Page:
Surgeons Report Growing Dissatisfaction With "Business" of Medicine

OUT: managed care; frivolous liability lawsuits; paperwork and administrative hassles. IN: fair reimbursement, liability reform, respect and quality of life for surgeons. As the American College of Surgeons meets in New Orleans this week, a recent physician survey indicates these issues are on the minds of today’s general surgeons.

Among approximately 240 general surgeons responding to a national online physician survey conducted by recruiting firm in summer 2007, only 2% said they were not frustrated about practicing medicine in today’s healthcare marketplace. (This compares to 4% of respondents who said they were not frustrated in the 2006 general surgeon survey.) Remaining respondents identified with a list of possible frustrations as follows:

— Reimbursement issues – 35%
— Medical liability issues – 23%
— Administrative and business agendas interfere with clinical decisions – 16%
— Lifestyle issues: Too much time at work – 13%
— Federal regulations, policies, procedures – 8%

“We survey physicians two to three times a year and they seem to express a slightly higher level of frustration with medical practice each time,” Vice President Will Drescher said. “Most of them choose medicine for altruistic reasons and many are disappointed to find that the 10 years and tens of thousands of dollars they invested in their medical educations doesn’t produce greater respect and rewards.”

Among more than 200 general surgeon answers to the question, “If you could change one thing about the practice of medicine, what would you change?” were comments like the following:

— “People (government, patients, society) would love and appreciate
their doctors and health care providers again, such that health care would
be seen as a privilege and not a right, and that we could feel like valued
members of society again, rather than criminals whose every move must be
under surveillance.”

— “Consolidate the insurance industry with a uniform set of rules for
reimbursement. Realistic malpractice risks.”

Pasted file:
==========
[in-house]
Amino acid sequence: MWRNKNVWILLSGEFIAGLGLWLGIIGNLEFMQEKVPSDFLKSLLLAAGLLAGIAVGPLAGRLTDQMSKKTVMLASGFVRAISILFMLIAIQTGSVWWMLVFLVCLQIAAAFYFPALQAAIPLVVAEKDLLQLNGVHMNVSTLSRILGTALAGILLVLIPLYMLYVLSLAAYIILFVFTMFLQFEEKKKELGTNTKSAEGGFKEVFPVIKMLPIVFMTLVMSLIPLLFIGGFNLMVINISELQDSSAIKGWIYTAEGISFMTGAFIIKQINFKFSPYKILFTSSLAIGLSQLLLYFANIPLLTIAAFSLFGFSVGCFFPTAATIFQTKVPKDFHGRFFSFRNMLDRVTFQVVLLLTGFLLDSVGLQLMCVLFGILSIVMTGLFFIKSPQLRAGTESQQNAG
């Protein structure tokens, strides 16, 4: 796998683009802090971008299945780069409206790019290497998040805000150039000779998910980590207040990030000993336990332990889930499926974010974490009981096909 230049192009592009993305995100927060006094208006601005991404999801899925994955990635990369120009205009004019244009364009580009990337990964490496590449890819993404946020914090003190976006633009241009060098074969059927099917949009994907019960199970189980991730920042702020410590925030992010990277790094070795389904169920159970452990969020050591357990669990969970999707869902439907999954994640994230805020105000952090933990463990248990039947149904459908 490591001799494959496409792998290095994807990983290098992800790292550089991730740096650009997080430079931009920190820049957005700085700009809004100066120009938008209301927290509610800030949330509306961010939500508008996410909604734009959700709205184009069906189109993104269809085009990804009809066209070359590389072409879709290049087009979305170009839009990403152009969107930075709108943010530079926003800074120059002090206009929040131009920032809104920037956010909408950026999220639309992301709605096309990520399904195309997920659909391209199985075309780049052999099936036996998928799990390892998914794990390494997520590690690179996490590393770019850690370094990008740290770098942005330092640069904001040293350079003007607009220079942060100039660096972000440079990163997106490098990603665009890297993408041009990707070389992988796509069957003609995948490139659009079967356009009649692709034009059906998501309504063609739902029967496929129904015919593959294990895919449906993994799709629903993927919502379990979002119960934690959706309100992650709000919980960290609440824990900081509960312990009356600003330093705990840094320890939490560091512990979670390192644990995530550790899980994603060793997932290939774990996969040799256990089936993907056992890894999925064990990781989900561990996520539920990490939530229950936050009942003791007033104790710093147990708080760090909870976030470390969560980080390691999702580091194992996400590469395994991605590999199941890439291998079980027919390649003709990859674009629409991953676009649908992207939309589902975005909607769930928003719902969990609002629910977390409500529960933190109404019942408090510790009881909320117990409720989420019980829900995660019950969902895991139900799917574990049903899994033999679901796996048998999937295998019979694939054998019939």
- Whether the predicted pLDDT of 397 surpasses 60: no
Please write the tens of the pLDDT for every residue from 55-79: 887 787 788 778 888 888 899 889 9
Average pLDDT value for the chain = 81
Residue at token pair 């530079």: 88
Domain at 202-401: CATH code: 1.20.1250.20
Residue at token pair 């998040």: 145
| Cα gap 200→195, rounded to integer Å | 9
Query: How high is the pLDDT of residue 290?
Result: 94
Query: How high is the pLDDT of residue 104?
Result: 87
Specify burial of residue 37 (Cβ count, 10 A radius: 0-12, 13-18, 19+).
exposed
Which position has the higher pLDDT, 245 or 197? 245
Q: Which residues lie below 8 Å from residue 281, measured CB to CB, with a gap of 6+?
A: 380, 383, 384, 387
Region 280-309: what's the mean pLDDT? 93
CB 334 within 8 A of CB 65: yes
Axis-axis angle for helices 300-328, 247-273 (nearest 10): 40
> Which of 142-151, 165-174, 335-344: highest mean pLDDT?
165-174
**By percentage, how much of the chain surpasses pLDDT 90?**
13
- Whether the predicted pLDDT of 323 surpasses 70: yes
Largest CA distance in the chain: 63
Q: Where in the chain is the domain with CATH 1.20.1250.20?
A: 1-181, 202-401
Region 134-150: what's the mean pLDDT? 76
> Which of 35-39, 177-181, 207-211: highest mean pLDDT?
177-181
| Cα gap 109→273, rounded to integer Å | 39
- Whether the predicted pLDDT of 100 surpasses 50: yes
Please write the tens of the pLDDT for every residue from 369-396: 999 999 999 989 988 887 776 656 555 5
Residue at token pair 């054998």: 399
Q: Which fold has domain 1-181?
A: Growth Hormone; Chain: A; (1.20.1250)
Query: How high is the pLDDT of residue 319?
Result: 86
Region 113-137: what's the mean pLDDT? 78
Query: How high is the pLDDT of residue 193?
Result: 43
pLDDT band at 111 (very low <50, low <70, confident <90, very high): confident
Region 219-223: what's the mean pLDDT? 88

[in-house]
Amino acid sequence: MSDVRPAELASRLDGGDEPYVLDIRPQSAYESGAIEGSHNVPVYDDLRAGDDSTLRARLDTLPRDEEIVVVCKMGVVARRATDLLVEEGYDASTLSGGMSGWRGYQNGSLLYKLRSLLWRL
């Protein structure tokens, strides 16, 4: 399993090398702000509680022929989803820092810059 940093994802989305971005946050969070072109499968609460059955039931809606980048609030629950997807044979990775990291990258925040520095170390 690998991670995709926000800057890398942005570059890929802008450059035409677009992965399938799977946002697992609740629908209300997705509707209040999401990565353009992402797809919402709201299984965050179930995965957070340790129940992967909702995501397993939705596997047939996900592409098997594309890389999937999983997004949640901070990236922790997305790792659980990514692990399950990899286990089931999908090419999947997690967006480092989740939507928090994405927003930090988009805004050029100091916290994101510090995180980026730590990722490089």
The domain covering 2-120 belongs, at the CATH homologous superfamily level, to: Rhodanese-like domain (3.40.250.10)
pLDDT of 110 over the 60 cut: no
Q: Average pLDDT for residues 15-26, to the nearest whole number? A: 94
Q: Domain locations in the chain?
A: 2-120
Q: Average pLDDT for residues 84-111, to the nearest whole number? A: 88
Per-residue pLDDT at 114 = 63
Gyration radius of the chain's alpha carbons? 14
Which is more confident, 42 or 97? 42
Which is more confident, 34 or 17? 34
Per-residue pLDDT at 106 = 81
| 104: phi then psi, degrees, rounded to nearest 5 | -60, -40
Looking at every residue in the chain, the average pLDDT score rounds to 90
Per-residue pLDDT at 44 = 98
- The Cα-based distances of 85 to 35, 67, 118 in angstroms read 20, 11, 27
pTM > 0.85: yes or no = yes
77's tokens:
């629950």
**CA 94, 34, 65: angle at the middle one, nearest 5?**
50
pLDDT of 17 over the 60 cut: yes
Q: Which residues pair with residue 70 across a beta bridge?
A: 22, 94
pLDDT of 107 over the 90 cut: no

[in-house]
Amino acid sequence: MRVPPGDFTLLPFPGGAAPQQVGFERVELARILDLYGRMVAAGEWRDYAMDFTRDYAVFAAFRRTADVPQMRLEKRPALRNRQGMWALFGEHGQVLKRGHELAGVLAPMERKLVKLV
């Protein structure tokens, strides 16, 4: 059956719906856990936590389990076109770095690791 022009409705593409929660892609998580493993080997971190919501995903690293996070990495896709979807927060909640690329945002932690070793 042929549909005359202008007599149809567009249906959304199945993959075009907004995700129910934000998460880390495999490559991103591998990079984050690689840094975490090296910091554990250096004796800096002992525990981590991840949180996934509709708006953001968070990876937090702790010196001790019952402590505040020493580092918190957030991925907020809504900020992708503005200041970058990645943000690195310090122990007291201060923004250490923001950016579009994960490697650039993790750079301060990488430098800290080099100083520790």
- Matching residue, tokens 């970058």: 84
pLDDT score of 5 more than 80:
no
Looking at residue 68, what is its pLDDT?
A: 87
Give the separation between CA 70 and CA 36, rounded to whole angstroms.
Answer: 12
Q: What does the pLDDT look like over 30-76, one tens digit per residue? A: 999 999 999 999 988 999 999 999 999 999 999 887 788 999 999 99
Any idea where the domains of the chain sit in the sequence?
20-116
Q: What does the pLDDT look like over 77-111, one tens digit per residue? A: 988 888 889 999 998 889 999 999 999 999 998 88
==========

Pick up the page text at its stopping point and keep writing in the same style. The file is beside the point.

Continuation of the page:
— “Eliminate third-party interference with the practice of medicine.”

Career Choices Compared

Regardless of their frustration, roughly two-thirds of responding general surgeons (65%) said they would choose medicine as a career path if they had it to do over again. This compares with 69% of 2006 physician survey respondents and with physicians from other specialties as follows:

— 59% of obstetricians/gynecologists
— 65% of orthopedic surgeons and radiologists
— 69% of anesthesiologists
— 75% of pediatricians
— 76% of internists
— 77% of cardiologists

More than a third (36%) of general surgeon respondents said they planned to change jobs within the next year and, including those, roughly half (51%) said they planned to change jobs within 2 years. Thirty-eight percent of respondents cited ‘higher compensation’ as the top reason for making a job change, while 25% cited ‘better work environment.’ However, 37% said they had no plans to change jobs in the foreseeable future. (To see complete surgeon survey results, click here:

Eighty-two percent of responding general surgeons were male, 81% were board-certified, and 78% were employed full-time. Respondents had practiced surgery for an average of 16 years. Only about a third (34%) of respondents said they had worked as a locum tenens provider, but another 61% said they might consider it.

Founded in 1995, is a full-service physician/CRNA recruiting firm specializing in anesthesiology jobs, cardiology jobs, psychiatry jobs, radiology jobs, surgery jobs and CRNA jobs with U.S. hospitals, medical groups and community health centers. is part of the Jackson Healthcare Solutions family of companies. To learn more, visit
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